Most importantly don’t let your addiction cause you any more pain: pick up the phone today and take the first step back to the healthy life you want and deserve.

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Related FAQ’s

What happens if I relapse?
Avoiding relapse is a very high priority at any stage during the treatment process; however, it is vital to recognise that relapse can and does happen, even to the most dedicated recovering addict, and that it is not a catastrophe which destroys the benefits you have already obtained from treatment. Nobody is perfect; whilst working to avoid relapse is of course important, if you do relapse it is just as important that you do not allow that relapse to derail your recovery entirely. Consider it a stumble on the path back to happiness and health, rather than falling off that path entirely and permanently. Speak honestly and openly with any therapists and doctors involved in your treatment about your relapse, what prompted it, and what might be learnt from it, and use it as a useful experience.
Should my family be involved in my treatment?
Again, this is not a decision which you should take without consulting a professional. Your family may be able to help with your treatment. Alternatively, involving your family might prove to be an obstacle to the effective provision of treatment. Speak with an addiction specialist about your specific situation, your family’s understanding of and attitudes towards your addiction and how you yourself feel about their involvement in the treatment process. It may be that your family is kept out of your treatment at first, but is brought in later.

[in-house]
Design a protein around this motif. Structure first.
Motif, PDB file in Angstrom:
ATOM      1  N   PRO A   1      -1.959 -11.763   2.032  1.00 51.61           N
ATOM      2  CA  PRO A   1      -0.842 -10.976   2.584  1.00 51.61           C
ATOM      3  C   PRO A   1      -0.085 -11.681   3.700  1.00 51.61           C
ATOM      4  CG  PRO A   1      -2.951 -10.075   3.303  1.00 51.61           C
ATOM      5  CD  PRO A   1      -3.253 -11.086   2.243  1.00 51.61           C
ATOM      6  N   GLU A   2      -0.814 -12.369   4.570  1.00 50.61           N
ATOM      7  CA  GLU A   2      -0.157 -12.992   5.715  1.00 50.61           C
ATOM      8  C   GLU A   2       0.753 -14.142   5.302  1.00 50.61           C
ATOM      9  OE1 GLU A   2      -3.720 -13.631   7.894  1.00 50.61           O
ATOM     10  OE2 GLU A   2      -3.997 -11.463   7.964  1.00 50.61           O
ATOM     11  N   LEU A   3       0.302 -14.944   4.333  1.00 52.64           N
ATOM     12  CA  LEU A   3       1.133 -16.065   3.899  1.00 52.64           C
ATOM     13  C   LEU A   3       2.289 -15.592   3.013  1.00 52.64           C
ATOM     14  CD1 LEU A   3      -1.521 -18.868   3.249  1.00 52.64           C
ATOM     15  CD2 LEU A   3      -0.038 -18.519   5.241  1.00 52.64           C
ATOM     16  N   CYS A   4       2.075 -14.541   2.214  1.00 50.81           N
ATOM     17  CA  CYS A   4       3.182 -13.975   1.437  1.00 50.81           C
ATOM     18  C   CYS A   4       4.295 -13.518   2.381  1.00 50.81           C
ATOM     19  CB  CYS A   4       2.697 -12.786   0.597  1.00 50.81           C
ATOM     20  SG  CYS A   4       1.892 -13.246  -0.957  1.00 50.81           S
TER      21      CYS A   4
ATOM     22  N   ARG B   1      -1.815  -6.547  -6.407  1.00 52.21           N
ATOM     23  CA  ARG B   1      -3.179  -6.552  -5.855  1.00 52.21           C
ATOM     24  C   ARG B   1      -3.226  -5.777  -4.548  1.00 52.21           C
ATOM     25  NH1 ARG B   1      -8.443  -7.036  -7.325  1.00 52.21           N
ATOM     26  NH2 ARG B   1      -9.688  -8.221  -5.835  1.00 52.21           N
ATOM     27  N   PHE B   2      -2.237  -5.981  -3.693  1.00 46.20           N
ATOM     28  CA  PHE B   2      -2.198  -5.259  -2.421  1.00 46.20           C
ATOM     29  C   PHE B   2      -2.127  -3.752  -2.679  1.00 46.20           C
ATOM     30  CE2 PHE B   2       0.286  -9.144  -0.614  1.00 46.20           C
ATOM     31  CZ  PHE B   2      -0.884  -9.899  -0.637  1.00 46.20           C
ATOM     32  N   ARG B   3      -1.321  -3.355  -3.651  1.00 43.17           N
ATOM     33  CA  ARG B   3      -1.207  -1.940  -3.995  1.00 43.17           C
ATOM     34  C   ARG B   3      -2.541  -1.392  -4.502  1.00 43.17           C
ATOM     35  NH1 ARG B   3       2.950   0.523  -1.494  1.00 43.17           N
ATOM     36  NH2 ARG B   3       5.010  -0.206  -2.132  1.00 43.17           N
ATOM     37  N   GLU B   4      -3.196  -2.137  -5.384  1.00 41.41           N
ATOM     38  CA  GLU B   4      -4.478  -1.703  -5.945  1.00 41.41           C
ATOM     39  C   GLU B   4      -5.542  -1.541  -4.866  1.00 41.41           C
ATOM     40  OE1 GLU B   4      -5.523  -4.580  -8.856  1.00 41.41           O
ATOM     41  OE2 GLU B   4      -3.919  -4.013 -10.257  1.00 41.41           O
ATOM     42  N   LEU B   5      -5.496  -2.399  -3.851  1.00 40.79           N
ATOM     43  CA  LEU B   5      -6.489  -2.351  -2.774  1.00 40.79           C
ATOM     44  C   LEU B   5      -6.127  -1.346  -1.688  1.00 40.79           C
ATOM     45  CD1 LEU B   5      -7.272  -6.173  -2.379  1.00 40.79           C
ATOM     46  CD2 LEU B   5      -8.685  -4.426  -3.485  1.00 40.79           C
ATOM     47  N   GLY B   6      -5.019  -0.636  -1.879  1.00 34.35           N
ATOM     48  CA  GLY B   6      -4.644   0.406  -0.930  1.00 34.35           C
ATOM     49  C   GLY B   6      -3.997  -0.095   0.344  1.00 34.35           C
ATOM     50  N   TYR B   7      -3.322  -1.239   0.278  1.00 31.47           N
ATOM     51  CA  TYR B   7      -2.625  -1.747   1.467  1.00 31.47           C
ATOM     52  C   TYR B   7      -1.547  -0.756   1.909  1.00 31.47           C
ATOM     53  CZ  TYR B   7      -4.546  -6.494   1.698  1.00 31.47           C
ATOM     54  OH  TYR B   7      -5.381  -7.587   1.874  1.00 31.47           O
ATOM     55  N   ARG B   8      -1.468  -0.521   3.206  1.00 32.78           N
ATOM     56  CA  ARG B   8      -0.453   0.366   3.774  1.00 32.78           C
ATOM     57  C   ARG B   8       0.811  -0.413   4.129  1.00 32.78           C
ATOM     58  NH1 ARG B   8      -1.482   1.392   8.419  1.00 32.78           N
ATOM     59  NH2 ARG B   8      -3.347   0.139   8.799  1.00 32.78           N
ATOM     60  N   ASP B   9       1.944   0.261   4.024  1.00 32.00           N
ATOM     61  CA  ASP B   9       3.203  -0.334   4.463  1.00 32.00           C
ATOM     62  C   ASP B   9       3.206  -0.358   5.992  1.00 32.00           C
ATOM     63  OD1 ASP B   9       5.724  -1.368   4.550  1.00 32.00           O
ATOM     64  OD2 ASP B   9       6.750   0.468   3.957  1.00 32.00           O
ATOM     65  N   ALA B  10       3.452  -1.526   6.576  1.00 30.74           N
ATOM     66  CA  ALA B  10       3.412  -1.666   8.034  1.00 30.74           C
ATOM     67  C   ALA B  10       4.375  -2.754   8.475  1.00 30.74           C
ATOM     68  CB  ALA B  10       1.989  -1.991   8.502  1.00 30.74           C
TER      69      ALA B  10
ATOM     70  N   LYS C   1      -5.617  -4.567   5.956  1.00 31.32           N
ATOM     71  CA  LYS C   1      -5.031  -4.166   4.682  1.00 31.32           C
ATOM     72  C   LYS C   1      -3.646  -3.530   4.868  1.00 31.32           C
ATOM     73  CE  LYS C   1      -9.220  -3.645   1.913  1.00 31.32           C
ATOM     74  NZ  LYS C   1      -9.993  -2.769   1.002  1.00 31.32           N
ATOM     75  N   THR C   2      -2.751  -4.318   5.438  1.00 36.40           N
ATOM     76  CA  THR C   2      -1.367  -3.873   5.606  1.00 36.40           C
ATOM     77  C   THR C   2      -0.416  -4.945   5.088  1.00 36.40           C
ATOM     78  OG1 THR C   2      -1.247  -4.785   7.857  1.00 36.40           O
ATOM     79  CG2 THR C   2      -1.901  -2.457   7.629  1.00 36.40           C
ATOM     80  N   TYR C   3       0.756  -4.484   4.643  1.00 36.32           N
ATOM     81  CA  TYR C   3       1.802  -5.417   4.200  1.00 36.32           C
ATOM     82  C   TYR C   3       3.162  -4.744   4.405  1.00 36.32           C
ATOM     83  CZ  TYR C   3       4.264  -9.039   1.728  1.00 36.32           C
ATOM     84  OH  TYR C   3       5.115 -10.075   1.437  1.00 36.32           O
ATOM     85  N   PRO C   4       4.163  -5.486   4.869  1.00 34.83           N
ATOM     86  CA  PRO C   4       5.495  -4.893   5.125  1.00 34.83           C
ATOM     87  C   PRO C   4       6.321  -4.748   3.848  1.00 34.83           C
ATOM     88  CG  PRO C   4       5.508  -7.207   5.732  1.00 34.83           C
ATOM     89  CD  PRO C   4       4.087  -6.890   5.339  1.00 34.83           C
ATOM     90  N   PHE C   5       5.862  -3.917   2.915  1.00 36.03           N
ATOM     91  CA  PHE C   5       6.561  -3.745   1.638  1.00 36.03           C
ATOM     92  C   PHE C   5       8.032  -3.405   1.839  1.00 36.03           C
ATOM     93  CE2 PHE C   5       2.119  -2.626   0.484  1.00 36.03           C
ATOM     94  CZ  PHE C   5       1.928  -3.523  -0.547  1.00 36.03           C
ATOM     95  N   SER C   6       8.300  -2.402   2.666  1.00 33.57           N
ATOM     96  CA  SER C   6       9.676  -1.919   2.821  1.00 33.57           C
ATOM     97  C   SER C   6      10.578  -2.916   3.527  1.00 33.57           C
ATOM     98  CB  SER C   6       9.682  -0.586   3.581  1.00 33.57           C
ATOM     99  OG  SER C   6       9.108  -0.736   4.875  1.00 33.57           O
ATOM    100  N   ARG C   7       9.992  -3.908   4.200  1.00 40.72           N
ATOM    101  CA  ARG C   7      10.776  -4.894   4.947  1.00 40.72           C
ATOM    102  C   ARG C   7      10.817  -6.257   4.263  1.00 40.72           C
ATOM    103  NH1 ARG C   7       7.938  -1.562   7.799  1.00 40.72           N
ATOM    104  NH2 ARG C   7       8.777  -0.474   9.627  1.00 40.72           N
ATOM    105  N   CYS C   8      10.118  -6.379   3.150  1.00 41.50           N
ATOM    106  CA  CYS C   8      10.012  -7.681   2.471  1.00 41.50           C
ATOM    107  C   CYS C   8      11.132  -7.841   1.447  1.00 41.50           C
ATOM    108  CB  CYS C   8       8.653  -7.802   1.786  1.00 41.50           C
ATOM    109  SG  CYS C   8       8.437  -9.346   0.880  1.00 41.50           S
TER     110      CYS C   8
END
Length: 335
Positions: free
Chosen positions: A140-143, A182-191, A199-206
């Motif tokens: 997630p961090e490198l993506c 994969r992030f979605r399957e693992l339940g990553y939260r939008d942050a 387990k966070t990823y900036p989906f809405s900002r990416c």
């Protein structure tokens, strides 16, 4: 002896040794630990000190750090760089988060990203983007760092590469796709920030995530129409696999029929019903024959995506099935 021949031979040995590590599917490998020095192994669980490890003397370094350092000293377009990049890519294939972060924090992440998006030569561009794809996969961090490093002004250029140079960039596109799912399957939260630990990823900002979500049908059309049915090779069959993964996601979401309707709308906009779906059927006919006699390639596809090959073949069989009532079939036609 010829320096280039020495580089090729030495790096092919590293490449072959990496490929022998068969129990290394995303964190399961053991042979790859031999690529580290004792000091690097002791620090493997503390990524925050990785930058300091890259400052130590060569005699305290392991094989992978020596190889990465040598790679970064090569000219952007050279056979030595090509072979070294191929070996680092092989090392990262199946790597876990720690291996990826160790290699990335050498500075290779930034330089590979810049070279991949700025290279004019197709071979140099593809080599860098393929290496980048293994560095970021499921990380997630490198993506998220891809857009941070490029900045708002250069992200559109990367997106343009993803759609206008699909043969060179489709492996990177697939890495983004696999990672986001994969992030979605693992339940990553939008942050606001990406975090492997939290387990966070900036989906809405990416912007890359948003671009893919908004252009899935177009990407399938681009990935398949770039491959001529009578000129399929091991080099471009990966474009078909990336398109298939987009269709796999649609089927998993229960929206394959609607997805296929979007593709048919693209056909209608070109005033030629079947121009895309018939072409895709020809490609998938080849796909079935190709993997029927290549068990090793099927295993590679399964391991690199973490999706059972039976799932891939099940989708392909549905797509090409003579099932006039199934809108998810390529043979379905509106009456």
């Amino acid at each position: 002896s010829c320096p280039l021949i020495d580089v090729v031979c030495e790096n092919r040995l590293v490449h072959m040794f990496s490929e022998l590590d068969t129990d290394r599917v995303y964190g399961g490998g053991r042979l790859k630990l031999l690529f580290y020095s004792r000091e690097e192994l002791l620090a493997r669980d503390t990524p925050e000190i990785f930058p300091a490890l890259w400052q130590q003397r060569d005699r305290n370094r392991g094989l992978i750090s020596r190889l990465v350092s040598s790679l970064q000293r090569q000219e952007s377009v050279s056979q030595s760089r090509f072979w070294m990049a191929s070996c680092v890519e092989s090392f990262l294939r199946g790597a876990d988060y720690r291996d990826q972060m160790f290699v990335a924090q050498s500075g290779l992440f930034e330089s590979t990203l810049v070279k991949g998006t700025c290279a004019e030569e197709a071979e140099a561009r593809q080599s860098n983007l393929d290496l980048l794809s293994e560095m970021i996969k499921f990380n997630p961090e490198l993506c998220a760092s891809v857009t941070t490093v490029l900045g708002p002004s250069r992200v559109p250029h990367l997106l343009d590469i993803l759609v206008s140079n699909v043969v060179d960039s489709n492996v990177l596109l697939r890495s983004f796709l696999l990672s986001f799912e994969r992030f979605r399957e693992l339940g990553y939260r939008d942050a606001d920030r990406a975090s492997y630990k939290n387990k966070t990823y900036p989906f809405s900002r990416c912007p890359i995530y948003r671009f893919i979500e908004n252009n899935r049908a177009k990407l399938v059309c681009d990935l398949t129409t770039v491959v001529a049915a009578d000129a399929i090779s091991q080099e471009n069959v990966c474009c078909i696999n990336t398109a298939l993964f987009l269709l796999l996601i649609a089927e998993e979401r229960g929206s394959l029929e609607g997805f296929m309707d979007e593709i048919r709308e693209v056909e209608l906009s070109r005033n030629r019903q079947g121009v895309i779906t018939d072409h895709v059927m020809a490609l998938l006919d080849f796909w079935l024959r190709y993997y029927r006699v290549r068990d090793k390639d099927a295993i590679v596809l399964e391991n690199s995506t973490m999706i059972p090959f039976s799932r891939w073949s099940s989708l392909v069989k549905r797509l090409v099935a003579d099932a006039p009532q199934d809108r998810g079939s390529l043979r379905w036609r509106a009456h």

Should I enrol in inpatient treatment or outpatient treatment?
This decision depends entirely upon your specific circumstances and the nature and duration of your addiction. A GP or an addiction specialist will be able to advise you on which treatment options might be most effective in your case, and which might be appropriate to your situation and resources. This is not a decision that you should take yourself without getting the advice of a trained professional.
How long does addiction treatment take?
Each instance of addiction treatment differs from the next; each individual patient is unique. Some patients may be in treatment for mere weeks while others may require much longer (months or even years). Typically, stays in residential rehabilitation (rehab) last from one to three months. Usually, the first phase of treatment is detoxification and withdrawal, which is usually (though not always) completed after a fortnight. How long the therapy phase of treatment lasts depends on numerous factors specific to your situation.
What happens in addiction treatment?
The specific details of addiction treatment will depend entirely upon what kind of treatment you are provided and how. However, addiction treatment addresses the physical immediacy (substance dependency) via detoxification and withdrawal. Subsequently, it utilises therapy to tackle the psychological issues leading to substance abuse and addiction.